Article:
Kids and Screen Time: Could Your Child Be Addicted?
When researchers recently delved deeper into the issue they found a connection between a child’s amount of screen time and their social and emotional health.
Texting, gaming, tweeting, blogging—the online world today can be overwhelming. And while these options can make life a bit more convenient, one recent study reveals they may also have a negative effect on today’s children.
When University of Michigan researchers recently delved deeper into the issue they found a connection between a child’s amount of screen time and their social and emotional health. "Typically, researchers and clinicians quantify or consider the amount of screen time as of paramount importance in determining what is normal or not normal or healthy or unhealthy," said lead author Sarah Domoff, research fellow at University of Michigan Center for Human Growth and Development.
"Our study has demonstrated that there is more to it than number of hours. What matters most is whether screen use causes problems in other areas of life or has become an all-consuming activity." Much research exists on adolescents and screen use, but Domoff said that to her knowledge this is the first tool in the United States that measures screen media addiction in children ages 4-11. Some of the warning signs include: if screen time interferes with daily activities, causes conflict for the child or in the family, or is the only activity that brings the child joy (see infographic above for complete list of warning signs of screen media addiction).
Kids who use media in unhealthy ways have problems with relationships, conduct and other emotional symptoms, Domoff said. However, the study didn't examine whether the emotional and behavior problems or the media addiction came first.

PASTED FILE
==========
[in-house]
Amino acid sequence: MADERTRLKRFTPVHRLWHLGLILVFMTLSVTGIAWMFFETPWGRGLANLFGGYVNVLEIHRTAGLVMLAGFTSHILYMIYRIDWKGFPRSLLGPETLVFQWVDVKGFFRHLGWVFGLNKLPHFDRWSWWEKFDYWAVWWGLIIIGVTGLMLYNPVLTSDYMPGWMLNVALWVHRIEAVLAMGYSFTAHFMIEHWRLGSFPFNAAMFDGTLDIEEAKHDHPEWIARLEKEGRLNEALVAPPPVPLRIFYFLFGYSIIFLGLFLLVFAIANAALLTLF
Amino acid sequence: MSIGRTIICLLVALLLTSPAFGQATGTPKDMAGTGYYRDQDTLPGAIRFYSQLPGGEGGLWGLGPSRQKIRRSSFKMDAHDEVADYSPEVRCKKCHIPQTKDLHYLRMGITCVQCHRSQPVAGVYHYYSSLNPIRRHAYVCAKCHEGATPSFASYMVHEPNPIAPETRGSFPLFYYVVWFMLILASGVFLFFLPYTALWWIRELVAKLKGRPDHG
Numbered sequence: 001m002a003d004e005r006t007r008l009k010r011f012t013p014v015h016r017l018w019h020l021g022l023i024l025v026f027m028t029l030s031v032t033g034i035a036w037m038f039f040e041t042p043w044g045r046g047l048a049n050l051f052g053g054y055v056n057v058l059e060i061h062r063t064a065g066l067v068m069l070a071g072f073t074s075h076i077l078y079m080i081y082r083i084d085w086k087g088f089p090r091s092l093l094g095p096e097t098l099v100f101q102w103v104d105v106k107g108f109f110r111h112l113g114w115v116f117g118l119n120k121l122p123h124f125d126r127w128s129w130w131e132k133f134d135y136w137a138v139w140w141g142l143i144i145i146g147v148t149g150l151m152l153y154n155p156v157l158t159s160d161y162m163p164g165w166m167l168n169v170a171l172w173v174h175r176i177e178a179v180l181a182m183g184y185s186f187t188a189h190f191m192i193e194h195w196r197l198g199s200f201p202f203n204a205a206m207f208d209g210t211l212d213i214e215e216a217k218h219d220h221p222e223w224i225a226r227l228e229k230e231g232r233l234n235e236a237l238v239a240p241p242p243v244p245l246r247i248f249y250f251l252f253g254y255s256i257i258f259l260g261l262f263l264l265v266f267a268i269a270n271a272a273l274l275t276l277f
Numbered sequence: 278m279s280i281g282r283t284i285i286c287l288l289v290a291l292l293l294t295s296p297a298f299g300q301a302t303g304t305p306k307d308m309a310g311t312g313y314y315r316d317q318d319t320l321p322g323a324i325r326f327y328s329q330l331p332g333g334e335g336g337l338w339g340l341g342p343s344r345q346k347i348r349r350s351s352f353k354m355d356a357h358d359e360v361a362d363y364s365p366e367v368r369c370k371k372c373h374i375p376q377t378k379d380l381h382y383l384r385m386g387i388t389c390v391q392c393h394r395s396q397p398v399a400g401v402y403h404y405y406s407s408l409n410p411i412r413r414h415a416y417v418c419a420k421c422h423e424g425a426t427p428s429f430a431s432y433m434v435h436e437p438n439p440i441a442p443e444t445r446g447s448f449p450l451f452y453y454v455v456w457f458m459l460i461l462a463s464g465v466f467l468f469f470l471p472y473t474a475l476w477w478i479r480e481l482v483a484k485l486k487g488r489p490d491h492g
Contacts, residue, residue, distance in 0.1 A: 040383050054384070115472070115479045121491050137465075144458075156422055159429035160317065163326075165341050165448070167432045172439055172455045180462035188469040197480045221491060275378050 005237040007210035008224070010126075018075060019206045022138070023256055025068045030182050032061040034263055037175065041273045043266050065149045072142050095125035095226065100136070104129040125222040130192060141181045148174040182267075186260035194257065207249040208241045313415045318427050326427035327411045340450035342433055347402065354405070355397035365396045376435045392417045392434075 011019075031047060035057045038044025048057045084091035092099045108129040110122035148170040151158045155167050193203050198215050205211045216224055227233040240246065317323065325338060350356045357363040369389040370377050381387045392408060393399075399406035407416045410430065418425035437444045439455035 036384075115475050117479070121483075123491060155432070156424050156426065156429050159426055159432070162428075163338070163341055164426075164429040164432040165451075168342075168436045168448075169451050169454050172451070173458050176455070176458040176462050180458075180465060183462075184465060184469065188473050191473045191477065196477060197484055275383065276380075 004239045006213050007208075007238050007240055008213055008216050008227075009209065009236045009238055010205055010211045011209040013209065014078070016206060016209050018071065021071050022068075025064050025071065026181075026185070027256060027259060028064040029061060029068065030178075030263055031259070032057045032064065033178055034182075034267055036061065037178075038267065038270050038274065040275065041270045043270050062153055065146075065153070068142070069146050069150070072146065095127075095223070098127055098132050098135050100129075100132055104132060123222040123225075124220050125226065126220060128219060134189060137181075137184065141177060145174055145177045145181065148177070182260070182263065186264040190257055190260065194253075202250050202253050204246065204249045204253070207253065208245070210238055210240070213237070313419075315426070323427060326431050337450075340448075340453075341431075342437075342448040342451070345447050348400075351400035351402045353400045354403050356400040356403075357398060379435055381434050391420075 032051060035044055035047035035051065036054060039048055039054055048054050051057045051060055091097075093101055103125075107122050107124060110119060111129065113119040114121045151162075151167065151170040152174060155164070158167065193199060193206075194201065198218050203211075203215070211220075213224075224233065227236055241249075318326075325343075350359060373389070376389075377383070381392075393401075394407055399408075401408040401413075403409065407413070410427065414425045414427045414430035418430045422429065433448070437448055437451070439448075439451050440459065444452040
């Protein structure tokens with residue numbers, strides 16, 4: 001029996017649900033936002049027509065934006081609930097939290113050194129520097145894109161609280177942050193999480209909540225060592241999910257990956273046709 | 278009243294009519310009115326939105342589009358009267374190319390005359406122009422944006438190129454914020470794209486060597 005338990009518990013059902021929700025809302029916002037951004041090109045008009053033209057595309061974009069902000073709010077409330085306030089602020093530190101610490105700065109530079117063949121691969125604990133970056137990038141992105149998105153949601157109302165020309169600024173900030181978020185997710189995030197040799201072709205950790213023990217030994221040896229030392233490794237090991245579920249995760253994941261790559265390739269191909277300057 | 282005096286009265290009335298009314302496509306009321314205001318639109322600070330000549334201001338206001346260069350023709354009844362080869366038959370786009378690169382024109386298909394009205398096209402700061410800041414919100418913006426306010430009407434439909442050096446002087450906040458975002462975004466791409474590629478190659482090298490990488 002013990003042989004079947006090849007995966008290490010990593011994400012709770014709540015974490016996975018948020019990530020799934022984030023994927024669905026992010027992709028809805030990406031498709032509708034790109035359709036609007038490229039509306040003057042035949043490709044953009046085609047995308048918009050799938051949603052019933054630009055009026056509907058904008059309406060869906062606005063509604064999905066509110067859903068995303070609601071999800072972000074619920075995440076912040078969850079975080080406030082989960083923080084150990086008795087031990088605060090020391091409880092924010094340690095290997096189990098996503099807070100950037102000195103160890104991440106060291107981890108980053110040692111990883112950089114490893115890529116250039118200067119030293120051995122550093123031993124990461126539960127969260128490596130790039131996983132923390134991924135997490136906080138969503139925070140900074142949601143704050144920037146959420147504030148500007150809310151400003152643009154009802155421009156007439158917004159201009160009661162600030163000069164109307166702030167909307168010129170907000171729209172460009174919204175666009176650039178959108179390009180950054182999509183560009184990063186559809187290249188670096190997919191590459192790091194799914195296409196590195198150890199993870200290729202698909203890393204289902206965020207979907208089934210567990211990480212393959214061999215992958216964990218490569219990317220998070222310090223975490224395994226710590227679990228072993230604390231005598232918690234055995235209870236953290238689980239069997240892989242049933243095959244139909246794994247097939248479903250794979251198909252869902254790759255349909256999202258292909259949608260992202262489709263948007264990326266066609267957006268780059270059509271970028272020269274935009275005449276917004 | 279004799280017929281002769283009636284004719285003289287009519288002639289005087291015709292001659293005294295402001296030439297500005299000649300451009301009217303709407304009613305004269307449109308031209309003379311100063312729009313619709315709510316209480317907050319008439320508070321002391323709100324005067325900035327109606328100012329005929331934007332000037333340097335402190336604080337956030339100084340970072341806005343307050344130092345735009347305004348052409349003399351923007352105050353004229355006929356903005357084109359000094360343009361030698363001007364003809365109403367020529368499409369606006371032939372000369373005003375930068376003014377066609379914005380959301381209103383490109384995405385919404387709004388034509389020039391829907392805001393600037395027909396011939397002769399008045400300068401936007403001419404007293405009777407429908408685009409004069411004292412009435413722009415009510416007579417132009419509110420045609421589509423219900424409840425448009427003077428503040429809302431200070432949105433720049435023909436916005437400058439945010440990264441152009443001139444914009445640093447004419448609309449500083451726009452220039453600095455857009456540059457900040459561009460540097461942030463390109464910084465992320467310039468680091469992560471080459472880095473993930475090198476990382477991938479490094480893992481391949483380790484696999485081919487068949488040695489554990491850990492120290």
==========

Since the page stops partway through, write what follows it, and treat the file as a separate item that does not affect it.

What do our IU Health experts have to say?
“While a causal relationship remains unclear, we do know, as clinicians, that excessive screen time can get in the way of a child’s healthy socialization,” explains Dr. Melissa Butler, pediatric psychologist at Riley Hospital for Children. “If I’m working with a depressed child who likes to isolate himself, screen time may be the strategy he uses for that, and that ultimately needs to be addressed from a treatment angle.”
That said, Dr. Butler does agree that digital devices and experiences have their time and place—and can even be helpful when promoted in a healthful way. “From an educational and clinical framework, we use apps and programs to help children and more and more schools are integrating technologies into their classes to help children get ahead academically.”
Indeed, some experts believe the uptick in schools using screens is likely to alter formal screen guidelines in the future. “By the time kids come home from school, they already have had an hour or so of screen time logged for the day, so they’ve already had a solid share,” maintains Rebecca Dixon, pediatrician at Riley Hospital for Children.
So, where does this leave parents and how can they head off addiction and other unhealthful situations?
“As parents, we all want our children to live well-rounded lives,” says Dr. Dixon, “so we need to think more about the time, place and purpose for screen time. And be proactive.”
Being present and positioning oneself as a healthy role model is also key, says Dr. Butler. “Don’t just tell, show your child what’s appropriate when it comes to screen time. So, put your phone down at family dinner, be attentive when your child wants to show or share something with you,” she says. “The digital world isn’t going away anytime soon, which makes it even more imperative for parents to learn how to navigate this new realm.”
-- By Sarah Burns